This photo series continues my work using bread dough as metaphor for the abject, and the physical making of this material a commentary on the emotional and physical labour women carry to support personal and professional relationships. The series documents the process of making a large amount of bread dough in my childhood kitchen, a room that is definitely the heart of our Italian family to this day. I asked my mother to dress me for the shoot. Of course, she chose a pure white, really feminine dress, and an apron, all symbols of the perfect housewife in her eyes. The apron was something I rejected as a child as I understood it as a symbol of a role I did not want to adopt, even though I really enjoyed cooking and still do. As my mother sat at the kitchen table watching (or supervising), I used my whole body to work the dough.
These photos capture my love and frustration when thinking about the role labour has in my life. I love using my body to create stuff and feeling its strength but I hate the expectations my mum places on me, till this day, that because I am female, my body and labour are at her disposable.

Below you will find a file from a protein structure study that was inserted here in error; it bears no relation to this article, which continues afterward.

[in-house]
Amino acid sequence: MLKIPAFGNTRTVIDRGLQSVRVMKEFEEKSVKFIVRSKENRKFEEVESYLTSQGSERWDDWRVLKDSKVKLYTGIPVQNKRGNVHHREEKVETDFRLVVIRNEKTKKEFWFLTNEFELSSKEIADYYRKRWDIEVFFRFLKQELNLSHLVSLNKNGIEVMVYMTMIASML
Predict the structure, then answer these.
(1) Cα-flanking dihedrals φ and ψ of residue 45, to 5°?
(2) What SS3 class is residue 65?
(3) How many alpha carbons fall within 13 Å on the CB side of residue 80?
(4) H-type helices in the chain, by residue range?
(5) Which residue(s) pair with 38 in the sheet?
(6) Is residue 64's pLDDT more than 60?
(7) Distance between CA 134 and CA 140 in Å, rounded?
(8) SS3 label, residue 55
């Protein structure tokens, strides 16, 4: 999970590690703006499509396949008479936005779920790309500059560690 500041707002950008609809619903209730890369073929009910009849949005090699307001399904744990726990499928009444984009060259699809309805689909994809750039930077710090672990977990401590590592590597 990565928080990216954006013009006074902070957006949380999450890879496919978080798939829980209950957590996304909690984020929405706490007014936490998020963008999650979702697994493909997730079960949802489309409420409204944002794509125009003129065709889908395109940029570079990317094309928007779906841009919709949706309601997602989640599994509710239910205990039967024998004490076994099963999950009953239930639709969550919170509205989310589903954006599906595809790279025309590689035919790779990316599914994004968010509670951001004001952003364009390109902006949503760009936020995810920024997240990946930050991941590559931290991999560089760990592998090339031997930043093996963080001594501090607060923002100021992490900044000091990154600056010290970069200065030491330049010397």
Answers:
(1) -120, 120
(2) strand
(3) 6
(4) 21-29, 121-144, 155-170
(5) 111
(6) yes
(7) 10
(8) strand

But as intense as it is to look after the elders in our families and watch their demise from strong, larger-than-life figures in our lives to fragile, confused beings, there is joy. The joy that they are still with us. The last photograph in the series reminds me to embrace that joy. It reminds me that even though there is emotional and physical labour in looking after our family members who are in their twilight years and on their way out, with a certain level of expectation placed upon you as caretakers which can be debilitating, they are still with us and we have so much more to share.